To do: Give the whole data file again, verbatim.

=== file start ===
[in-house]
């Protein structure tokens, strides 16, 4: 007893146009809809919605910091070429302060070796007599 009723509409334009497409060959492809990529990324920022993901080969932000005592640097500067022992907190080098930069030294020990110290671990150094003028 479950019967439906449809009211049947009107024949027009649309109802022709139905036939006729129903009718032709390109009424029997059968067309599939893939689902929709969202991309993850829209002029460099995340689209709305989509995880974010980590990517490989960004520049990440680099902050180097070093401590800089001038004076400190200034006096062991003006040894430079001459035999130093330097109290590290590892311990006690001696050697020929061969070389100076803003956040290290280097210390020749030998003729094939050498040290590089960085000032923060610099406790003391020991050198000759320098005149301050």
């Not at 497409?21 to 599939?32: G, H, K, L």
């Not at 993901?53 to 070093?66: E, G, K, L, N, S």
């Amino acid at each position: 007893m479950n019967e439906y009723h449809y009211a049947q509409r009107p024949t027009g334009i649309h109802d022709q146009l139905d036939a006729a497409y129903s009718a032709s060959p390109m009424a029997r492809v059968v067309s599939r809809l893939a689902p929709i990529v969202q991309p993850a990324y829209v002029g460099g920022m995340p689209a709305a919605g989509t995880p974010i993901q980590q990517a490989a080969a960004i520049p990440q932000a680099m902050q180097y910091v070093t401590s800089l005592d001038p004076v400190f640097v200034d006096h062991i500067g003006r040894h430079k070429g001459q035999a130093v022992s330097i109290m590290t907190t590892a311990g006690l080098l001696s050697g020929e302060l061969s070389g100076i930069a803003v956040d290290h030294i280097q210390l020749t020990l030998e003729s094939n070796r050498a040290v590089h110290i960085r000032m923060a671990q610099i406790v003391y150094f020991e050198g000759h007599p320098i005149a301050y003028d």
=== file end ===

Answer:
[in-house]
């Protein structure tokens, strides 16, 4: 007893146009809809919605910091070429302060070796007599 009723509409334009497409060959492809990529990324920022993901080969932000005592640097500067022992907190080098930069030294020990110290671990150094003028 479950019967439906449809009211049947009107024949027009649309109802022709139905036939006729129903009718032709390109009424029997059968067309599939893939689902929709969202991309993850829209002029460099995340689209709305989509995880974010980590990517490989960004520049990440680099902050180097070093401590800089001038004076400190200034006096062991003006040894430079001459035999130093330097109290590290590892311990006690001696050697020929061969070389100076803003956040290290280097210390020749030998003729094939050498040290590089960085000032923060610099406790003391020991050198000759320098005149301050």
């Not at 497409?21 to 599939?32: G, H, K, L």
């Not at 993901?53 to 070093?66: E, G, K, L, N, S």
């Amino acid at each position: 007893m479950n019967e439906y009723h449809y009211a049947q509409r009107p024949t027009g334009i649309h109802d022709q146009l139905d036939a006729a497409y129903s009718a032709s060959p390109m009424a029997r492809v059968v067309s599939r809809l893939a689902p929709i990529v969202q991309p993850a990324y829209v002029g460099g920022m995340p689209a709305a919605g989509t995880p974010i993901q980590q990517a490989a080969a960004i520049p990440q932000a680099m902050q180097y910091v070093t401590s800089l005592d001038p004076v400190f640097v200034d006096h062991i500067g003006r040894h430079k070429g001459q035999a130093v022992s330097i109290m590290t907190t590892a311990g006690l080098l001696s050697g020929e302060l061969s070389g100076i930069a803003v956040d290290h030294i280097q210390l020749t020990l030998e003729s094939n070796r050498a040290v590089h110290i960085r000032m923060a671990q610099i406790v003391y150094f020991e050198g000759h007599p320098i005149a301050y003028d």